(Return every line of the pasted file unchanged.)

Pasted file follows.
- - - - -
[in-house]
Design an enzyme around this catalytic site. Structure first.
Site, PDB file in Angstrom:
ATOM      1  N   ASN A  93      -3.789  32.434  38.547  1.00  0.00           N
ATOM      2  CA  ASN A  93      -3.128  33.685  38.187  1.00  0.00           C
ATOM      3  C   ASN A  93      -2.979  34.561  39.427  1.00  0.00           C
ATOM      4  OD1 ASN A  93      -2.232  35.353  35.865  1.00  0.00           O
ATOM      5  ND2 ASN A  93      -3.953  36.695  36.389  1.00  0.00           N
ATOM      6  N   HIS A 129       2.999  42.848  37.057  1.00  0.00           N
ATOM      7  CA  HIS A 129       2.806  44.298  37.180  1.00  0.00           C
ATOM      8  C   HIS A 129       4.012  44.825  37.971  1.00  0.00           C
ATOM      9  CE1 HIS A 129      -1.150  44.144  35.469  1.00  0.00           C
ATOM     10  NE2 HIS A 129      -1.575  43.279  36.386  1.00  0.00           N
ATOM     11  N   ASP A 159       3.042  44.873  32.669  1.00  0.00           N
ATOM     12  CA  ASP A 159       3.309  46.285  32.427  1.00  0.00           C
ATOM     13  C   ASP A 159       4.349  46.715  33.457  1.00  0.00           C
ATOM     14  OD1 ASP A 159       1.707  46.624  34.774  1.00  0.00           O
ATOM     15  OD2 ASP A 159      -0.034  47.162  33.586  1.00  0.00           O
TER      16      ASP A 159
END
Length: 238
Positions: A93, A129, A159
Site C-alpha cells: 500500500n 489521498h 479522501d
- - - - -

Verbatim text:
[in-house]
Design an enzyme around this catalytic site. Structure first.
Site, PDB file in Angstrom:
ATOM      1  N   ASN A  93      -3.789  32.434  38.547  1.00  0.00           N
ATOM      2  CA  ASN A  93      -3.128  33.685  38.187  1.00  0.00           C
ATOM      3  C   ASN A  93      -2.979  34.561  39.427  1.00  0.00           C
ATOM      4  OD1 ASN A  93      -2.232  35.353  35.865  1.00  0.00           O
ATOM      5  ND2 ASN A  93      -3.953  36.695  36.389  1.00  0.00           N
ATOM      6  N   HIS A 129       2.999  42.848  37.057  1.00  0.00           N
ATOM      7  CA  HIS A 129       2.806  44.298  37.180  1.00  0.00           C
ATOM      8  C   HIS A 129       4.012  44.825  37.971  1.00  0.00           C
ATOM      9  CE1 HIS A 129      -1.150  44.144  35.469  1.00  0.00           C
ATOM     10  NE2 HIS A 129      -1.575  43.279  36.386  1.00  0.00           N
ATOM     11  N   ASP A 159       3.042  44.873  32.669  1.00  0.00           N
ATOM     12  CA  ASP A 159       3.309  46.285  32.427  1.00  0.00           C
ATOM     13  C   ASP A 159       4.349  46.715  33.457  1.00  0.00           C
ATOM     14  OD1 ASP A 159       1.707  46.624  34.774  1.00  0.00           O
ATOM     15  OD2 ASP A 159      -0.034  47.162  33.586  1.00  0.00           O
TER      16      ASP A 159
END
Length: 238
Positions: A93, A129, A159
Site C-alpha cells: 500500500n 489521498h 479522501d